This time last year, China appeared to be bouncing back from the effects of the coronavirus pandemic and leading the world’s economic recovery after a pandemic-induced slowdown. But after a recent spike in infections that confined an estimated 50 million people to lockdown, the “Zero COVID” policy that initially kept the worst of the coronavirus at bay is now the biggest threat to China’s economic growth.
China’s economy exceeded market expectations in the first quarter of 2022, growing 4.8 percent, according to data released Monday by the country’s National Bureau of Statistics. The figure is a decline from the previous year’s 8.1 percent growth, but slightly higher than the 4 percent growth seen in the fourth quarter of 2021. Though Chinese officials have pointed to the improved quarterly performance as evidence of the economy’s resilience, other indicators looked less promising. Retail sales tumbled 2 percent in March and shrank by 3.5 percent compared to the same period last year. The national unemployment rate also increased in March, exceeding Beijing’s targeted ceiling of 5.5 percent to reach a nearly two-year high of 5.8 percent in March.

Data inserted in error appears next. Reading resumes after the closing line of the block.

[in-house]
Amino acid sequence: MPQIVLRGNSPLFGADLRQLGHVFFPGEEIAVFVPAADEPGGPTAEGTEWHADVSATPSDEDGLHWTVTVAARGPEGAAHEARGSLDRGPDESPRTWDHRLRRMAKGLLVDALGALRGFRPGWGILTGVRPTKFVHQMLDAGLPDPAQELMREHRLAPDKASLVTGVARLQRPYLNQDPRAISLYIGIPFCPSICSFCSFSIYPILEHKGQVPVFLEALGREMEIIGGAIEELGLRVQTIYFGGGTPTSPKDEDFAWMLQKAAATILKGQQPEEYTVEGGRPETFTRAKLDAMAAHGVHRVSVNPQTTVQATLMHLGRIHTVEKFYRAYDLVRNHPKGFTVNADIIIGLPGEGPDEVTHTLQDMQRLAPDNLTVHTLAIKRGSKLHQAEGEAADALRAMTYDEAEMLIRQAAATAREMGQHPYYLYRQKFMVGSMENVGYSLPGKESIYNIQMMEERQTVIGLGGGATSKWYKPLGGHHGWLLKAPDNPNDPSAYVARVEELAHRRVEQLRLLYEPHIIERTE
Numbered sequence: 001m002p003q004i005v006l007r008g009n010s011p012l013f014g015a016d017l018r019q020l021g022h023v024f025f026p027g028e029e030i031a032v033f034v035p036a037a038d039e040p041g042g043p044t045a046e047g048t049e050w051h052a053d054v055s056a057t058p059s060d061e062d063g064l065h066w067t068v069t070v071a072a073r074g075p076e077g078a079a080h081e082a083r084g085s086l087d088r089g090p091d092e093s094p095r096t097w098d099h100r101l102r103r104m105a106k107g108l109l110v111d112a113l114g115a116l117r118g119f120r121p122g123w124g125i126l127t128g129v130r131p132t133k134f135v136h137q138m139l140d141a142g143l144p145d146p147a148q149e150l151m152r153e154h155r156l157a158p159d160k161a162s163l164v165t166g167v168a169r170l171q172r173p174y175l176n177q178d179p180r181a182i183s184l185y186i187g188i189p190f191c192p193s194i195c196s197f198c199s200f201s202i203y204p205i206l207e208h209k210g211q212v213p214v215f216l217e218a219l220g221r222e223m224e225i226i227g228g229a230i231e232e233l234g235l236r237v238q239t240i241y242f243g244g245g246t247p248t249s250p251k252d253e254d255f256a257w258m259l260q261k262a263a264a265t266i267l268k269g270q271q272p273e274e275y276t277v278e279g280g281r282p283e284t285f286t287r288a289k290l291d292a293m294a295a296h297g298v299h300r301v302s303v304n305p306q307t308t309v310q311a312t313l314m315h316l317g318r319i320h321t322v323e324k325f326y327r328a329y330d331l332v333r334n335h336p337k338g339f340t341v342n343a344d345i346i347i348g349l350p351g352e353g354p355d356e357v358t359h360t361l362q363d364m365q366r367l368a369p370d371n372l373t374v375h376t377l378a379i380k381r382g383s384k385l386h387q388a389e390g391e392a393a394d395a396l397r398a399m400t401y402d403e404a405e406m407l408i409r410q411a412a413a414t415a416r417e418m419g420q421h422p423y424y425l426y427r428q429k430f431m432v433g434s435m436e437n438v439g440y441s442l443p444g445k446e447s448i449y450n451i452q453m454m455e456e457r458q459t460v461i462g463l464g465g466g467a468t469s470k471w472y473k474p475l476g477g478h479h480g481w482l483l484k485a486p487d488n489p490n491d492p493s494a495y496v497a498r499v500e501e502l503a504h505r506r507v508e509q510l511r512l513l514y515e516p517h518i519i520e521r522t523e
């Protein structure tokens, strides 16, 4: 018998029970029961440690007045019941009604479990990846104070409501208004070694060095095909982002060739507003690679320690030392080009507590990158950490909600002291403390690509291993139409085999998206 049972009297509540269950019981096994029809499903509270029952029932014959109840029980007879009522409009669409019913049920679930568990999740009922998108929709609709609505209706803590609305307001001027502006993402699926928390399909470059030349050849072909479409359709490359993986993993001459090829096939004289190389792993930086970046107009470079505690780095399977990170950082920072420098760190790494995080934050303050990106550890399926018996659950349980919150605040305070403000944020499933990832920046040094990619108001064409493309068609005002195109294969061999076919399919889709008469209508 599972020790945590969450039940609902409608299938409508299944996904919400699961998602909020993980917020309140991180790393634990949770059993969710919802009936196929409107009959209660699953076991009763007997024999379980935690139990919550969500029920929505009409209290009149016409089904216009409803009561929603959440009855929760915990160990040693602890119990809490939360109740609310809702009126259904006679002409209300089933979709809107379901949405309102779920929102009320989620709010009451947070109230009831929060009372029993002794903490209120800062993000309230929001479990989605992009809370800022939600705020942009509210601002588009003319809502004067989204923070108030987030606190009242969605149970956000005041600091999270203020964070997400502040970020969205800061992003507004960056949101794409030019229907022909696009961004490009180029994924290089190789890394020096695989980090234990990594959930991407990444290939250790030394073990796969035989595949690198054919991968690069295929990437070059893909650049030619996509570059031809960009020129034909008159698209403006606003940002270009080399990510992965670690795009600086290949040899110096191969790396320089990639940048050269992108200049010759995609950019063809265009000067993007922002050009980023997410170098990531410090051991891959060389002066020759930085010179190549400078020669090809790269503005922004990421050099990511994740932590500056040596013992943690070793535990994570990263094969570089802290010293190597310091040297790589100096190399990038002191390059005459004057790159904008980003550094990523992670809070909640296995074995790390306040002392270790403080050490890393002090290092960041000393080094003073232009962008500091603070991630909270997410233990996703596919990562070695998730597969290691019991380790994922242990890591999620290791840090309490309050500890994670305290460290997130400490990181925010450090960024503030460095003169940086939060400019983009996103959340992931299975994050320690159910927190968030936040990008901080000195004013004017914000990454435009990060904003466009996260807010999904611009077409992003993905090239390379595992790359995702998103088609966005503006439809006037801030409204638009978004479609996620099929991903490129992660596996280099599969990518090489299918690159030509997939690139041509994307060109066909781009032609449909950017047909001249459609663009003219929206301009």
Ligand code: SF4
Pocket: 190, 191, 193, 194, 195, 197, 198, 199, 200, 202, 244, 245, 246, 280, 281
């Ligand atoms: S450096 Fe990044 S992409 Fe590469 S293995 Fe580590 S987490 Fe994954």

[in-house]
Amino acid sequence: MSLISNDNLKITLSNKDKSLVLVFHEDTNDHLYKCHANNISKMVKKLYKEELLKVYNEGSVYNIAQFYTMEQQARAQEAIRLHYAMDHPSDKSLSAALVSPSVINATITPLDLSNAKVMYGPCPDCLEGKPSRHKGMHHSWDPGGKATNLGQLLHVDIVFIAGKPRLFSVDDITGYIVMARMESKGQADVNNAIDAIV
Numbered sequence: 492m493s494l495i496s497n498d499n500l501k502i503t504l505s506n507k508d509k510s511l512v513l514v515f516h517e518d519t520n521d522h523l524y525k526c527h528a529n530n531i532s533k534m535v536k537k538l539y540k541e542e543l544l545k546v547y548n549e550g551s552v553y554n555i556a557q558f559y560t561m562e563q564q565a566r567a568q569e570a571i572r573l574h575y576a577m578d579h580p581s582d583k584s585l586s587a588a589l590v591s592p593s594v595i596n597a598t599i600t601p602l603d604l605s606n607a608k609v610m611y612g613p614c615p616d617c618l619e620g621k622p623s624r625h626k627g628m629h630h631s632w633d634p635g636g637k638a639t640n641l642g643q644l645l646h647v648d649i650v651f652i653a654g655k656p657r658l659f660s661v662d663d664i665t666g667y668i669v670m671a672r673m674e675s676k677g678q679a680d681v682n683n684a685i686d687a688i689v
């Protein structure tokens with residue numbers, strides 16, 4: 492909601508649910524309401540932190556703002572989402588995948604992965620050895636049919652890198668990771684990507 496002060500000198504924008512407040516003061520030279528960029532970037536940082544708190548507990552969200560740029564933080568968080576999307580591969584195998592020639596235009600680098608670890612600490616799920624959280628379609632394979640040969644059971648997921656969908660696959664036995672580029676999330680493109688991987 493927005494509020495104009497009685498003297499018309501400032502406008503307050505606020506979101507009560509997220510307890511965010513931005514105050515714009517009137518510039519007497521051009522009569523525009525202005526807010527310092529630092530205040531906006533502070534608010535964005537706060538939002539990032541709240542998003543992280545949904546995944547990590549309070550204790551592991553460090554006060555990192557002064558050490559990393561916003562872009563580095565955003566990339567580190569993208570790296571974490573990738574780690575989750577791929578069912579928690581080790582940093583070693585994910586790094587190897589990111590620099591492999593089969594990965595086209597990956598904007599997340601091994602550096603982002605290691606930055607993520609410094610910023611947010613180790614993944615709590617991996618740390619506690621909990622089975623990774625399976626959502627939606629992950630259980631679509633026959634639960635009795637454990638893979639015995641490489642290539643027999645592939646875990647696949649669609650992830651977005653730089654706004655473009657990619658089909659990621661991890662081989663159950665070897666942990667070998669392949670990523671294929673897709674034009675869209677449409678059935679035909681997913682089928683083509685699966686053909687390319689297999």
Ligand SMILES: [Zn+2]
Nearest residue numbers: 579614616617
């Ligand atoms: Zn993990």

Many analysts have warned that “more pain will come” as the current indicators may not fully capture the impact of the lockdowns, which broadened in March amid China’s largest coronavirus outbreak since the pandemic’s onset. “The pandemic has to be the biggest source of risk for China’s growth this year,” Zhennan Li, chief China economist at AllianceBernstein, told the Wall Street Journal.